Yu Darvish debuted yesterday. His first pitch registered 95 MPH and the flashbulbs popped. Then things went south in Texas.
Four singles, three walks, a wild pitch, and 42 combined pitches later, his first inning finally went into the books. With it went much of the mania surrounding his arrival in the states. Was this pitcher, despite being about 50% better relative to the Japanese league than the last great Japanese import, going to suffer the same control problems that plagued Daisuke Matsuzaka before him? Was he a nibbler without an out pitch?
At the risk of being an apologist, even in this small sample there were mitigating factors.
For one, the platoon advantage was in full effect for the Mariners. They loaded their lineup with left-handers to counter the debuting righty — Miguel Olivo and Brendan Ryan were the only righties on the Mariners’ card to begin the game. Though Darvish has a large repertoire, his best pitches, or his ‘out’ pitches if you will, are his two sliders. We know that sliders have a platoon split. Even if still managed to throw 20 sliders by the end of the game (eight in the first inning), it’s possible that the pitch had a reduced efficacy against the southpaw-laden lineup.
There may have been some luck at play in that first inning. Sure, a few of the balls were hit hard, and Darvish deserved his fate on those hits. But Ichiro Suzuki dumped a ball in the outfield just a step past a converging Adrian Beltre and Elvis Andrus, and Olivo was fooled on a ball and still poked it to shallow right. Turn those singles into outs and things would have gone a little differently.
Darvish still walked four batters in his 5.2 innings. 59 of his 111 pitches (53.2%) were strikes, and that would have been below average last year in the AL (63.2%). It did seem like the Ranger had lost the zone.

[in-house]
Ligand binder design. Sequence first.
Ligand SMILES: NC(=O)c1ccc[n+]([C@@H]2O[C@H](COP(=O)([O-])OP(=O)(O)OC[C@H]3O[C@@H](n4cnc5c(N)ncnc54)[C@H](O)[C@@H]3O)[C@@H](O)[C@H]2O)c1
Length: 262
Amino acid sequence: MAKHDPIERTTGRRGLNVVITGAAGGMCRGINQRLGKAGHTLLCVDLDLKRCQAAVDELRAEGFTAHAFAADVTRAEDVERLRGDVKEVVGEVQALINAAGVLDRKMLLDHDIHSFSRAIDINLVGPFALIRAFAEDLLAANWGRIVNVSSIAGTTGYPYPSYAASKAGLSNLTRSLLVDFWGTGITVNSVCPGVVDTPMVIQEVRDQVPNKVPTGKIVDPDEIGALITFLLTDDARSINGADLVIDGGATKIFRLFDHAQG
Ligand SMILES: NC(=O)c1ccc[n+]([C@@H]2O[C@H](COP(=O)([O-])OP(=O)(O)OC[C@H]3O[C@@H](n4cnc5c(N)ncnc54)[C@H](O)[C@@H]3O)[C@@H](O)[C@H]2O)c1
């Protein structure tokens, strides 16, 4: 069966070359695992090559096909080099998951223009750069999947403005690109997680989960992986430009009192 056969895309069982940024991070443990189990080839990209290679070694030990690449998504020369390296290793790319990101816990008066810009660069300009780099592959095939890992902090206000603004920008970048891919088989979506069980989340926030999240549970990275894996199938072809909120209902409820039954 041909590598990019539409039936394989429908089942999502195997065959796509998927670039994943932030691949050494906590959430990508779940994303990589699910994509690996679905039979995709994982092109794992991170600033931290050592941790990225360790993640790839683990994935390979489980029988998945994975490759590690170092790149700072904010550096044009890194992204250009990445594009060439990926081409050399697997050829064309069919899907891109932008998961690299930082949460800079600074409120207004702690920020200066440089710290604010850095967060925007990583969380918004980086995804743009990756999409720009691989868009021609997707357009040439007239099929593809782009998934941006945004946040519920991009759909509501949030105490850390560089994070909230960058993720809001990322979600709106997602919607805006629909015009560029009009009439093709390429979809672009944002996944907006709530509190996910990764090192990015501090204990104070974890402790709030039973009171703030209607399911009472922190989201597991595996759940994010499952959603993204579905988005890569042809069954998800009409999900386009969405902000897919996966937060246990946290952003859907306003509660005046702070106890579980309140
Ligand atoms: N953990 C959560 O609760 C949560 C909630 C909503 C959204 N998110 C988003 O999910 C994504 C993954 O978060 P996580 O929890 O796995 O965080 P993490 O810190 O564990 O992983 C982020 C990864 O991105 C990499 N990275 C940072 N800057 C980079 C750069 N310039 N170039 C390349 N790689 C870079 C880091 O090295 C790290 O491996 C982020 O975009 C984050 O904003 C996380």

A five-pitch sequence late in the first inning might provide us a window into the thought process of an accomplished pitcher trying to learn the peculiarities of a new strike zone.
Darvish threw five straight high fastballs at one point. All five were called balls. Munenori Kawasaki, who had trouble with Darvish back in Japan, was content to watch four of them into the catcher’s mitt. But, obstinacy aside, those pitches were still remarkable. Take a look at a picture of his pitches from the first inning (left) compared to a plot of all his pitches (right). Take particular notice of pitches that would be high and tight to a left-hander, and you’ll probably see those five pitches clustered together:
That bit of hard-headedness takes a turn when you look at how he avoided the spot later in the game. According to Patrick Newman of NBPTracker.com, the high fastball “got him swinging strikes” in Japan. If it was a weapon in Japan, Darvish would have wanted to use it in America. In order to get the batters to swing at it, however, he would have needed to get a strike call on at least one of those high fastballs. Unfortunately, Paul Nauert was behind the plate. Thanks to Jeff Zimmerman’s BaseballHeatMaps.com, we can see that he was not the man to be tempted by those high and tight fastballs to a left-handed hitter (blue means fewer strike calls than league average):
Darvish may have been locating those fastballs there repeatedly in order to show the umpire he was locating them there on purpose. The umpire returned the favor by refusing to make the call. Once Darvish knew he wasn’t going to get that pitch, he adjusted and pitched lower in the zone for the most part.
It wasn’t a stellar debut, and Yu Darvish walked too many batters. He still garnered ten swinging strikes on 111 pitches, for a 9% swinging strike rate that would have been a top-40 number among qualified starters last year. He settled down after a poor first inning and battled through a tough day. His team won. Most importantly, he certainly learned more about the American strike zone, and what sort of strategies he will have to employ when faced with lefty-heavy lineups in the future. It wasn’t a stellar debut, but it was a step forward.
With a phone full of pictures of pitchers' fingers, strange beers, and his two toddler sons, Eno Sarris can be found at the ballpark or a brewery most days. Read him here, writing about the A's or Giants at The Athletic, or about beer at October. Follow him on Twitter @enosarris if you can handle the sandwiches and inanity.